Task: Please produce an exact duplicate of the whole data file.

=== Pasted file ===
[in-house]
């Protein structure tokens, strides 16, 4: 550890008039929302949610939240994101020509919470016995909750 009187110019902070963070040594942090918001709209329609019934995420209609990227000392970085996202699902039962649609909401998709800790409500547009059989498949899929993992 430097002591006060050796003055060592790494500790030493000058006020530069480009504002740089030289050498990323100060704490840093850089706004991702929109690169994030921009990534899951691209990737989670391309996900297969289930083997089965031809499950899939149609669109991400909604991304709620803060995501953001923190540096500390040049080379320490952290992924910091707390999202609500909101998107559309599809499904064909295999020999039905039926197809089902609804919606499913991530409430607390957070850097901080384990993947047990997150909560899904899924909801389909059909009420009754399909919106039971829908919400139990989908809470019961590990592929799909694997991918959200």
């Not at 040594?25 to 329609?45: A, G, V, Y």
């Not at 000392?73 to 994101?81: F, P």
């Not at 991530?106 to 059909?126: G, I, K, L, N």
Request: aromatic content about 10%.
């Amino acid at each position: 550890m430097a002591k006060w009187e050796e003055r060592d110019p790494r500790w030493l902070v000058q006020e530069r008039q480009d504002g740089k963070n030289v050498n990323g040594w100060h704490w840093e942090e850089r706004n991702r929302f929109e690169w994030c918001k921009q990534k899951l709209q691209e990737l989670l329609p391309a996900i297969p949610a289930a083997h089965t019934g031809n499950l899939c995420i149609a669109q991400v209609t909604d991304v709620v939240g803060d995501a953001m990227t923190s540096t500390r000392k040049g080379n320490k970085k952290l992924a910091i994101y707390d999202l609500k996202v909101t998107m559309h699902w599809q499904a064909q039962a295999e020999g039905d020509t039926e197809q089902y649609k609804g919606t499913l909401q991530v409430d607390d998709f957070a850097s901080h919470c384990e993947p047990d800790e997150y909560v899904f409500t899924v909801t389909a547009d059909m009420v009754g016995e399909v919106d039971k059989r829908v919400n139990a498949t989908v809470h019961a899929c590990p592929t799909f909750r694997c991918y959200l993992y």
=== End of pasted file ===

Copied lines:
[in-house]
């Protein structure tokens, strides 16, 4: 550890008039929302949610939240994101020509919470016995909750 009187110019902070963070040594942090918001709209329609019934995420209609990227000392970085996202699902039962649609909401998709800790409500547009059989498949899929993992 430097002591006060050796003055060592790494500790030493000058006020530069480009504002740089030289050498990323100060704490840093850089706004991702929109690169994030921009990534899951691209990737989670391309996900297969289930083997089965031809499950899939149609669109991400909604991304709620803060995501953001923190540096500390040049080379320490952290992924910091707390999202609500909101998107559309599809499904064909295999020999039905039926197809089902609804919606499913991530409430607390957070850097901080384990993947047990997150909560899904899924909801389909059909009420009754399909919106039971829908919400139990989908809470019961590990592929799909694997991918959200």
């Not at 040594?25 to 329609?45: A, G, V, Y």
């Not at 000392?73 to 994101?81: F, P």
């Not at 991530?106 to 059909?126: G, I, K, L, N």
Request: aromatic content about 10%.
């Amino acid at each position: 550890m430097a002591k006060w009187e050796e003055r060592d110019p790494r500790w030493l902070v000058q006020e530069r008039q480009d504002g740089k963070n030289v050498n990323g040594w100060h704490w840093e942090e850089r706004n991702r929302f929109e690169w994030c918001k921009q990534k899951l709209q691209e990737l989670l329609p391309a996900i297969p949610a289930a083997h089965t019934g031809n499950l899939c995420i149609a669109q991400v209609t909604d991304v709620v939240g803060d995501a953001m990227t923190s540096t500390r000392k040049g080379n320490k970085k952290l992924a910091i994101y707390d999202l609500k996202v909101t998107m559309h699902w599809q499904a064909q039962a295999e020999g039905d020509t039926e197809q089902y649609k609804g919606t499913l909401q991530v409430d607390d998709f957070a850097s901080h919470c384990e993947p047990d800790e997150y909560v899904f409500t899924v909801t389909a547009d059909m009420v009754g016995e399909v919106d039971k059989r829908v919400n139990a498949t989908v809470h019961a899929c590990p592929t799909f909750r694997c991918y959200l993992y």